Heroin Deaths Nearly Quadruple in U.S.

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Heroin use has dramatically increased across the U.S., spreading to groups it hadn’t previously reached, and deaths from overdose have soared, according to a new federal report released Tuesday.

Heroin deaths nearly quadrupled in the decade between 2002 and 2013, the Centers for Disease Control and Prevention reports. Rates of abuse doubled among women and went up 50 percent among men during the same time period.

“Heroin use in the United States increased 63 percent from 2002 through 2013. This increase occurred among a broad range of demographics, including men and women, most age groups, and all income levels,” the CDC says in its report, attributing much of the increase to users who started abusing prescription painkillers and then moved on to heroin.

“What’s most striking and troubling is that we’re seeing heroin diffusing throughout society to groups that it hasn’t touched before,” CDC director Dr. Tom Frieden told NBC News.

“We’re seeing heroin affecting people in urban and rural areas, white, black and Hispanic, low middle and high income. We’re seeing heroin diffusing throughout society but we can turn this around.”

The reasons are complicated — drug abuse overall is up, and more people are using prescription painkillers. Heroin is a cheap and more easily available alternative to these prescription drugs for people who become addicted to them.

“They are addicted to prescription opiates because they are essentially the same chemical with the same effect on the brain as heroin,” Frieden told a news conference. “Heroin costs roughly 5 times less than prescription opiates on the street.”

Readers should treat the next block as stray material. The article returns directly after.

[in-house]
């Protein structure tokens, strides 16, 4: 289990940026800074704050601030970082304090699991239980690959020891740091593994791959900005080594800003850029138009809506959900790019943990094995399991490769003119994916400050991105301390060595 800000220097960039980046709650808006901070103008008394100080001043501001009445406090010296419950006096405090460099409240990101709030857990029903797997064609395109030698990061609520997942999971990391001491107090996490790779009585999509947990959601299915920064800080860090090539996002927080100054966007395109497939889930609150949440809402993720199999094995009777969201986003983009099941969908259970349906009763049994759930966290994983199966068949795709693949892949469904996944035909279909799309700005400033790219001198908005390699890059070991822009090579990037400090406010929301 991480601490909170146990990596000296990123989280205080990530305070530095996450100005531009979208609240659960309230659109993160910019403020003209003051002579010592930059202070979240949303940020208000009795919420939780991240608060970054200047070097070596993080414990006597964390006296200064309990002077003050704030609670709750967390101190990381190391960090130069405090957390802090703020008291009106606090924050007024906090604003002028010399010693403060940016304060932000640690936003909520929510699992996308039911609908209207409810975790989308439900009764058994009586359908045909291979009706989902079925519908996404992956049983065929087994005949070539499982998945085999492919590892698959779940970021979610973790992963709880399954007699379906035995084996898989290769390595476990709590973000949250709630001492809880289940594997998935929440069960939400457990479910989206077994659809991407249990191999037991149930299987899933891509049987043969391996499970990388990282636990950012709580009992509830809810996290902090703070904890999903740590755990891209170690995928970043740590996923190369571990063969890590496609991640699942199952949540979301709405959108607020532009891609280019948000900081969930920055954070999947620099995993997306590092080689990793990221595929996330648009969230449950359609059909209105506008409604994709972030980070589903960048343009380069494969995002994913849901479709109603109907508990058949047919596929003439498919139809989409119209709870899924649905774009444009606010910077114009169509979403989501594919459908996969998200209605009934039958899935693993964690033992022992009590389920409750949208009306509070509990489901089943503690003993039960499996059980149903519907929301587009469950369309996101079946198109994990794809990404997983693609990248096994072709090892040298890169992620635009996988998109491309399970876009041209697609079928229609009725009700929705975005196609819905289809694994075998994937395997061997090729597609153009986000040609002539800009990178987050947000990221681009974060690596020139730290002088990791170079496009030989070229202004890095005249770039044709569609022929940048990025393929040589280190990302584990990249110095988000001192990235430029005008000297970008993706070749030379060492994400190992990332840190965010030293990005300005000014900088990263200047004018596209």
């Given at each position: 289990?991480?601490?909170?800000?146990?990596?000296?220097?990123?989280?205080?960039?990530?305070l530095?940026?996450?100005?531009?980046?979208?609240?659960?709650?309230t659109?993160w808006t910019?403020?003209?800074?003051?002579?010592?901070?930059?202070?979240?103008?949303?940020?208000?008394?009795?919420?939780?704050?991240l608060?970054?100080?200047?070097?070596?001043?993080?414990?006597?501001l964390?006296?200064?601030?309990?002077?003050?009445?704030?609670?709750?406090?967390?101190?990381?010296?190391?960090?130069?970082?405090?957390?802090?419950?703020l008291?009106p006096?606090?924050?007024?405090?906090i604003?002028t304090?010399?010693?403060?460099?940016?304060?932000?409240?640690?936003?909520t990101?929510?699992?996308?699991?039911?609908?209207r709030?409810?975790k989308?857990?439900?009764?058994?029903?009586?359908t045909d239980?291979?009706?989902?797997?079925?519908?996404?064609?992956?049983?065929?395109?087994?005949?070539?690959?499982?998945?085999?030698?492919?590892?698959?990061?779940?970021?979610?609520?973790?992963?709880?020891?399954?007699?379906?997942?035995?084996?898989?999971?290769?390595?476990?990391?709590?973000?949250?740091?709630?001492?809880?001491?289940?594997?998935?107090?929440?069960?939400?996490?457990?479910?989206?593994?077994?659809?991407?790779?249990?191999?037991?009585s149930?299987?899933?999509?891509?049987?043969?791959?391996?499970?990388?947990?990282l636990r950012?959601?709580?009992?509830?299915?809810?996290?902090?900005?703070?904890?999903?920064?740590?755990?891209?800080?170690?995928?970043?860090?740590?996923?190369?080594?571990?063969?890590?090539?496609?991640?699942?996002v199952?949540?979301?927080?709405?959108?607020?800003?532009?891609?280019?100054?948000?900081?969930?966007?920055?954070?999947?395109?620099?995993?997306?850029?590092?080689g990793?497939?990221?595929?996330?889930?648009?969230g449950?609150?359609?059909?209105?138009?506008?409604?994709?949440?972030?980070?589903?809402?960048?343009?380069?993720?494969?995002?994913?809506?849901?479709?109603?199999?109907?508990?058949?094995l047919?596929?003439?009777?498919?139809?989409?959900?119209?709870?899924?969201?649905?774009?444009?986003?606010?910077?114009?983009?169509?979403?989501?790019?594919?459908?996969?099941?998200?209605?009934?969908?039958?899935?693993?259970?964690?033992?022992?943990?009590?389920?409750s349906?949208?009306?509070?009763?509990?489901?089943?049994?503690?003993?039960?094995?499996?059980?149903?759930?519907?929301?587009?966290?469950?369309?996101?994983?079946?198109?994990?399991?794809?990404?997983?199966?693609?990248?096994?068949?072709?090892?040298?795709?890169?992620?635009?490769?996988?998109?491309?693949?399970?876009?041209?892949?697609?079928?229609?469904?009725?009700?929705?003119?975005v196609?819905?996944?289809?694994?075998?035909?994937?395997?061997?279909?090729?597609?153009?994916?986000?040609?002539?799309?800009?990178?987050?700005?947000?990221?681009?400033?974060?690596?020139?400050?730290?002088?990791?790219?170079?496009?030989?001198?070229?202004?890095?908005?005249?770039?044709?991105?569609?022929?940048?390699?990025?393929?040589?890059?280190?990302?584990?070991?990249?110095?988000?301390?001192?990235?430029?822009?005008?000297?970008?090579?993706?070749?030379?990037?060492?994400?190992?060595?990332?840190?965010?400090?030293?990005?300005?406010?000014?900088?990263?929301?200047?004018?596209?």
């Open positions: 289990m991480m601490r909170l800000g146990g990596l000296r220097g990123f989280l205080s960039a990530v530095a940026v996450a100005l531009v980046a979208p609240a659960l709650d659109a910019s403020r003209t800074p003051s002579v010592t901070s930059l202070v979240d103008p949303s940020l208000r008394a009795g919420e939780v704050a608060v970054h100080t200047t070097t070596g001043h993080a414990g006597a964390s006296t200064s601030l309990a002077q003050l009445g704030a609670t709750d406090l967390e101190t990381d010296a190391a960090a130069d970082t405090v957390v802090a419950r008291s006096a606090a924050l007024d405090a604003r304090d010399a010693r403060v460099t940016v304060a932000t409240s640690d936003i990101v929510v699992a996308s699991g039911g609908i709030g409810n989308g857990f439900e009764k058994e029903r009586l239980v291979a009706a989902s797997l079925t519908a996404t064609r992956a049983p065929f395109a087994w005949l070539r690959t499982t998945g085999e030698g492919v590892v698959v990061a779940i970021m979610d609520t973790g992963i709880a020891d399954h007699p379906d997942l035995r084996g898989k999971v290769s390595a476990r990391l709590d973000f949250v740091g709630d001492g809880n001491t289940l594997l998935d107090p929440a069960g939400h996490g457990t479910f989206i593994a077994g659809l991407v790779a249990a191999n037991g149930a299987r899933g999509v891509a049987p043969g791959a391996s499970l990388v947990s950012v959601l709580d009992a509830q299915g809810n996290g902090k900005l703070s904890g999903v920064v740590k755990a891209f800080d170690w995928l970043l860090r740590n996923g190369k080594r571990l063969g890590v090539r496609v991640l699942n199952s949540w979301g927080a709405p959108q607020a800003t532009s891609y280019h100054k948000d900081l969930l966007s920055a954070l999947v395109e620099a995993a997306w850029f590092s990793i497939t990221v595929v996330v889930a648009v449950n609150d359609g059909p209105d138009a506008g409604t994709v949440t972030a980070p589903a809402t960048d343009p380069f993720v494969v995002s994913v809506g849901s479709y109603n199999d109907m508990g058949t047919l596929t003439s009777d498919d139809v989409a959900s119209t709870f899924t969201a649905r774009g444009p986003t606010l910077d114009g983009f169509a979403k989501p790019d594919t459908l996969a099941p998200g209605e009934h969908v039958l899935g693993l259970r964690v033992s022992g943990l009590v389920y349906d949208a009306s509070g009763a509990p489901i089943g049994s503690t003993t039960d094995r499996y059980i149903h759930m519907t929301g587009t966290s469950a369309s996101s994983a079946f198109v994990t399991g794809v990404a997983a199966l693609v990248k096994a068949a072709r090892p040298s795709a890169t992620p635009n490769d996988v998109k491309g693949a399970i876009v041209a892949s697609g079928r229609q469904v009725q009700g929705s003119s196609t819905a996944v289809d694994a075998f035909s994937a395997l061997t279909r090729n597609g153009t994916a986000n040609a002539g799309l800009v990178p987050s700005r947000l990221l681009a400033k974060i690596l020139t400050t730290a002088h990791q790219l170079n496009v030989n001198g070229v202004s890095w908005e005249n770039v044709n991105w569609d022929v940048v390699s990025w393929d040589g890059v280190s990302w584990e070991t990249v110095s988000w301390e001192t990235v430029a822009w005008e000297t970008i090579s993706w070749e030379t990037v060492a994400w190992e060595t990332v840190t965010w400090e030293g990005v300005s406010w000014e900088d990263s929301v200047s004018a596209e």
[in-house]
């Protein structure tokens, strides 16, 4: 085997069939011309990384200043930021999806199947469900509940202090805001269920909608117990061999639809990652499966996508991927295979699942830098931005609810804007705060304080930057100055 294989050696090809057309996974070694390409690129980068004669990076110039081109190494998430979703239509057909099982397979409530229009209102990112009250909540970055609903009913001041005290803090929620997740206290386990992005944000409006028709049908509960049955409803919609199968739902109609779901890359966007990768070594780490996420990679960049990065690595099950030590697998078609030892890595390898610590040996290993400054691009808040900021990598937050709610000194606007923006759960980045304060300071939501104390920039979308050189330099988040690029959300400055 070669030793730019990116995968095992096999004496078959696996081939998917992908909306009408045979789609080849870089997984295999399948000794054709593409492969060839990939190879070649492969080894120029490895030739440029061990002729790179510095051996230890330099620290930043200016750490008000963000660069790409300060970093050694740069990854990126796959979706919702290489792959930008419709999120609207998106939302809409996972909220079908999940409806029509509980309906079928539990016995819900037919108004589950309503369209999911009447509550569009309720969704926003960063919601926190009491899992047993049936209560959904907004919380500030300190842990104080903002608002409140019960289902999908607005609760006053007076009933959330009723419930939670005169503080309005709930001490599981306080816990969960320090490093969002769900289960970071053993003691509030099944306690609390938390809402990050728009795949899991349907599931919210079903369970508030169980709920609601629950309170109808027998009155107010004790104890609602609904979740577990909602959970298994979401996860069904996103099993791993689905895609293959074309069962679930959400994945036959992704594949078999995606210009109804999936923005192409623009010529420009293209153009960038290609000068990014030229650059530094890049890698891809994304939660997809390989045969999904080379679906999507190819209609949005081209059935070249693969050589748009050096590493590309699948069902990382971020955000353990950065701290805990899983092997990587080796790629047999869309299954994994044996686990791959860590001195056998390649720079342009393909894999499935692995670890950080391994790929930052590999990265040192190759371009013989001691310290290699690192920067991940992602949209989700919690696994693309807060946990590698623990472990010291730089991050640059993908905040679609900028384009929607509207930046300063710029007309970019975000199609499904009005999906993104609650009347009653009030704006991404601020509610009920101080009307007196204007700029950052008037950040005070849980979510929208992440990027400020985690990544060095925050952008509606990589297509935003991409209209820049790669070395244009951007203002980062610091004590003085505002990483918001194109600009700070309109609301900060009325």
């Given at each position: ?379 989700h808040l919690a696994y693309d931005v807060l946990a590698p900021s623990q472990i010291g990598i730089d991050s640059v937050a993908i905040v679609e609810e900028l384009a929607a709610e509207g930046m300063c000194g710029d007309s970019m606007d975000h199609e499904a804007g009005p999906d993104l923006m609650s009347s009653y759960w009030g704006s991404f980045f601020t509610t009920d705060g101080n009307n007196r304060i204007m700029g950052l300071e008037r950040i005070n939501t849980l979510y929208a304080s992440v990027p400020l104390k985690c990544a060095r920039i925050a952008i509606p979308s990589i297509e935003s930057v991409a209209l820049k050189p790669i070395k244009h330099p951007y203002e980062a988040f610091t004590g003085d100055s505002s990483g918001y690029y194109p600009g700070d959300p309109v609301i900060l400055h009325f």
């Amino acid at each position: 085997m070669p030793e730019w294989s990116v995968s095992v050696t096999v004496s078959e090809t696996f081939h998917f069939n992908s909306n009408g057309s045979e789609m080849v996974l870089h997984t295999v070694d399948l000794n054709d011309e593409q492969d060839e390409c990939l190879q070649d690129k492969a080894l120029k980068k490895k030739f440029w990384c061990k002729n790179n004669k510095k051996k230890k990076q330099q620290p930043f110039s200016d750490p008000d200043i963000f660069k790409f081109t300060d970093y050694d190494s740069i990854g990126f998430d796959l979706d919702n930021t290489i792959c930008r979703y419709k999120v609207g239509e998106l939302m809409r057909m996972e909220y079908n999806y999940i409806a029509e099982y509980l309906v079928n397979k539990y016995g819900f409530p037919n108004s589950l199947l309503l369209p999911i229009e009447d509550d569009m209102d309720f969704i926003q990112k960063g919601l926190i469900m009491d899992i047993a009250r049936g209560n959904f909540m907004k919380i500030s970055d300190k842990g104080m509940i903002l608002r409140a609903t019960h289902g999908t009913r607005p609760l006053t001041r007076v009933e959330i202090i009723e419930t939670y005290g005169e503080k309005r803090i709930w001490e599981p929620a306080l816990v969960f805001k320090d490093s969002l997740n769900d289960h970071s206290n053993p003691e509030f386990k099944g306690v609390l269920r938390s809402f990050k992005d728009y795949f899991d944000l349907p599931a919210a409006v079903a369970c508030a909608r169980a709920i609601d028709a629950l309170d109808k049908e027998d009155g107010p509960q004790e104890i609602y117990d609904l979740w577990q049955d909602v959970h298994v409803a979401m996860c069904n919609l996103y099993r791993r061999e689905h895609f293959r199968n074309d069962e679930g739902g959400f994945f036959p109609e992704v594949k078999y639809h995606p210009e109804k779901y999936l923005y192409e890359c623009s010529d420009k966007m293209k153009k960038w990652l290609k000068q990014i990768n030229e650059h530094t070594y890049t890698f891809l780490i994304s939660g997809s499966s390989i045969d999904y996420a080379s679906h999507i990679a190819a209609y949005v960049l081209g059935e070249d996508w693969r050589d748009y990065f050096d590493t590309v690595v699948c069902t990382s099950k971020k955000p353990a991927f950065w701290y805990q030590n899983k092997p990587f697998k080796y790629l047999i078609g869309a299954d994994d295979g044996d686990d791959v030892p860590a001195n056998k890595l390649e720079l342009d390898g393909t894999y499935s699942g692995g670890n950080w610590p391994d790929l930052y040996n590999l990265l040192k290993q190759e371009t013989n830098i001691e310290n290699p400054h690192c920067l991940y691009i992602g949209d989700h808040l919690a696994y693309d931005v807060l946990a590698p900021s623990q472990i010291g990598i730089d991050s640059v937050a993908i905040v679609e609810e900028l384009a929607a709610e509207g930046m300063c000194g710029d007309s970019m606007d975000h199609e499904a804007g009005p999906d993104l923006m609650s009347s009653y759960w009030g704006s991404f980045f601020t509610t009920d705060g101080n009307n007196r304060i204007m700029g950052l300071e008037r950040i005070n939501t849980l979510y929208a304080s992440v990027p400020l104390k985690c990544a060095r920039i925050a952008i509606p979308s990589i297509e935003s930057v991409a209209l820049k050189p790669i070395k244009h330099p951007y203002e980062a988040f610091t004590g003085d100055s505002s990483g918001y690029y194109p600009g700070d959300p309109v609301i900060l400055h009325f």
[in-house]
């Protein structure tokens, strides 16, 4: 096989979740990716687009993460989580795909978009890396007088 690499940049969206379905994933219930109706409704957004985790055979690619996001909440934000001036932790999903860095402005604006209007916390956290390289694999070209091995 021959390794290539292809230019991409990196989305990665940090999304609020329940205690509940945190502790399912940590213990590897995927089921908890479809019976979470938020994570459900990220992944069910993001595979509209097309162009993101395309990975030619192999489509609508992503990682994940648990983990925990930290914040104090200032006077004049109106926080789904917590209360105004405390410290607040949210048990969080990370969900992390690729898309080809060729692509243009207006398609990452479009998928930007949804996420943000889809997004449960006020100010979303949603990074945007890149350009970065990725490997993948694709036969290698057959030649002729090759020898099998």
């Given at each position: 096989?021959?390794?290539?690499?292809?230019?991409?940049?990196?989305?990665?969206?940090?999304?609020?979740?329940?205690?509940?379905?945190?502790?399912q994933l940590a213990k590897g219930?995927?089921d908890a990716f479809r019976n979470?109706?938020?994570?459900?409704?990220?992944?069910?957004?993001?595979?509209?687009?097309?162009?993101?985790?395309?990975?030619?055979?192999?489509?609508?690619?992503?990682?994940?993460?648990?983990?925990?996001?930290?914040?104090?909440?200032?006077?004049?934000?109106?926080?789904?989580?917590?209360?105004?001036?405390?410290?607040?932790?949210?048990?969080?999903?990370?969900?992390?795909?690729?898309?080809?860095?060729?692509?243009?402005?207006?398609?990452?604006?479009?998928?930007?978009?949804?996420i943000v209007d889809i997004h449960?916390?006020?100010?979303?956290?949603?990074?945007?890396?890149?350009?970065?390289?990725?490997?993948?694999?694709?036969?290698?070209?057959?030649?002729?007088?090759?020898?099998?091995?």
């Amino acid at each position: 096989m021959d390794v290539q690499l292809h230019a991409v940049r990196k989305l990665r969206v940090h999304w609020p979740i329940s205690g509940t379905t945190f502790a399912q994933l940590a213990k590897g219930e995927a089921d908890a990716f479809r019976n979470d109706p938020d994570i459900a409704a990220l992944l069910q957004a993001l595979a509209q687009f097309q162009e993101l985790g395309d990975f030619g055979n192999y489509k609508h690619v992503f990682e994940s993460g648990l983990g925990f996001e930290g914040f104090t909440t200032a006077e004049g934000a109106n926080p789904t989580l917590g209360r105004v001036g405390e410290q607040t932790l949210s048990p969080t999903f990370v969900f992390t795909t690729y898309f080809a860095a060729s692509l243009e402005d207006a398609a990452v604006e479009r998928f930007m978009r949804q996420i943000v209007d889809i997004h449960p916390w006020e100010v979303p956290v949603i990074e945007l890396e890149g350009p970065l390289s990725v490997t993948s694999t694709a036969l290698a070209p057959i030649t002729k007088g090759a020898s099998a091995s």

Not only that, but cheaper, purer heroin is coming into the United States. This makes it easier to overdose. “Between 2002 and 2013, the rate of heroin-related overdose deaths nearly quadrupled, and more than 8,200 people died in 2013,” CDC said.

The absolute numbers are still low — fewer than 1 percent of people abuse heroin, CDC said.

For the report, the Food and Drug Administration and the CDC analyzed data from the National Survey on Drug Use and Health from 2002-2013. This report captures thousands of Americans, but misses the military, homeless and prison populations. So it may actually understate the extent of the heroin abuse problem.

“Annual average rates of past-year heroin use increased from 1.6 per 1,000 persons aged 12 years or older in 2002-2004 to 2.6 per 1,000 in 2011-2013,” the report reads.

“In 2013, an estimated 517,000 persons reported past-year heroin abuse or dependence, a nearly 150 percent increase since 2007,” CDC added.

“During 2002-2013, heroin overdose death rates nearly quadrupled in the United States, from 0.7 deaths to 2.7 deaths per 100,000 population, with a near doubling of the rates from 2011-2013.”

Heroin kills by causing slow and shallow breathing. Multiple drug use worsens the effect. “People often use heroin along with other drugs or alcohol. This practice is especially dangerous because it increases the risk of overdose,” CDC said.

Heroin users also risk getting infections like HIV and hepatitis.

The report fits in with what other government agencies have been saying.

Last year, the Drug Enforcement Administration found a four-fold increase in heroin seizures along the southwest border since 2008, with 4,653 pounds being confiscated last year.

Frieden says law enforcement needs help stopping it. “The less accessible it is and the more difficult and the more expensive it is to get, the fewer people will use it,” he said.

Click here to read more.

SOURCE: NBC News, Maggie Fox

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